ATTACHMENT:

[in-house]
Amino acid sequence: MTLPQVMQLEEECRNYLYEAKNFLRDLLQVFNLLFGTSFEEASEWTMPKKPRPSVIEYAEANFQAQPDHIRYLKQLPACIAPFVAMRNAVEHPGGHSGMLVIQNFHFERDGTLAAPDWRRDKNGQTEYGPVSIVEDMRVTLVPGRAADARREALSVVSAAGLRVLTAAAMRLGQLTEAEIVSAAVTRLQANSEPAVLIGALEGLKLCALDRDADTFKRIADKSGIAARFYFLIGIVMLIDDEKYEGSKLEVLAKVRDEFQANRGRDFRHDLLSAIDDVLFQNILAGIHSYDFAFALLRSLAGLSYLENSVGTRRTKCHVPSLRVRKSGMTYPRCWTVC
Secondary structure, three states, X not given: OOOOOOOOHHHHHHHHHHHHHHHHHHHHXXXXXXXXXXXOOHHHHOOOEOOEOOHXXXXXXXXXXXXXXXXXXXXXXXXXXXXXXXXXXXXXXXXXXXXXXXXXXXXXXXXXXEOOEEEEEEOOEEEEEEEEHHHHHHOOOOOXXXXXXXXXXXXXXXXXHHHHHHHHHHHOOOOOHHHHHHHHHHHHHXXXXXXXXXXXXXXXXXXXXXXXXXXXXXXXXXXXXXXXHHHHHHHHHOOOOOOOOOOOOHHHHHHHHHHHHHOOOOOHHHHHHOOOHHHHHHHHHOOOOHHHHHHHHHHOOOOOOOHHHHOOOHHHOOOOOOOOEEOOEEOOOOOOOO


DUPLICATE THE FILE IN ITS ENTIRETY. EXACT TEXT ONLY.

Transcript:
[in-house]
Amino acid sequence: MTLPQVMQLEEECRNYLYEAKNFLRDLLQVFNLLFGTSFEEASEWTMPKKPRPSVIEYAEANFQAQPDHIRYLKQLPACIAPFVAMRNAVEHPGGHSGMLVIQNFHFERDGTLAAPDWRRDKNGQTEYGPVSIVEDMRVTLVPGRAADARREALSVVSAAGLRVLTAAAMRLGQLTEAEIVSAAVTRLQANSEPAVLIGALEGLKLCALDRDADTFKRIADKSGIAARFYFLIGIVMLIDDEKYEGSKLEVLAKVRDEFQANRGRDFRHDLLSAIDDVLFQNILAGIHSYDFAFALLRSLAGLSYLENSVGTRRTKCHVPSLRVRKSGMTYPRCWTVC
Secondary structure, three states, X not given: OOOOOOOOHHHHHHHHHHHHHHHHHHHHXXXXXXXXXXXOOHHHHOOOEOOEOOHXXXXXXXXXXXXXXXXXXXXXXXXXXXXXXXXXXXXXXXXXXXXXXXXXXXXXXXXXXEOOEEEEEEOOEEEEEEEEHHHHHHOOOOOXXXXXXXXXXXXXXXXXHHHHHHHHHHHOOOOOHHHHHHHHHHHHHXXXXXXXXXXXXXXXXXXXXXXXXXXXXXXXXXXXXXXXHHHHHHHHHOOOOOOOOOOOOHHHHHHHHHHHHHOOOOOHHHHHHOOOHHHHHHHHHOOOOHHHHHHHHHHOOOOOOOHHHHOOOHHHOOOOOOOOEEOOEEOOOOOOOO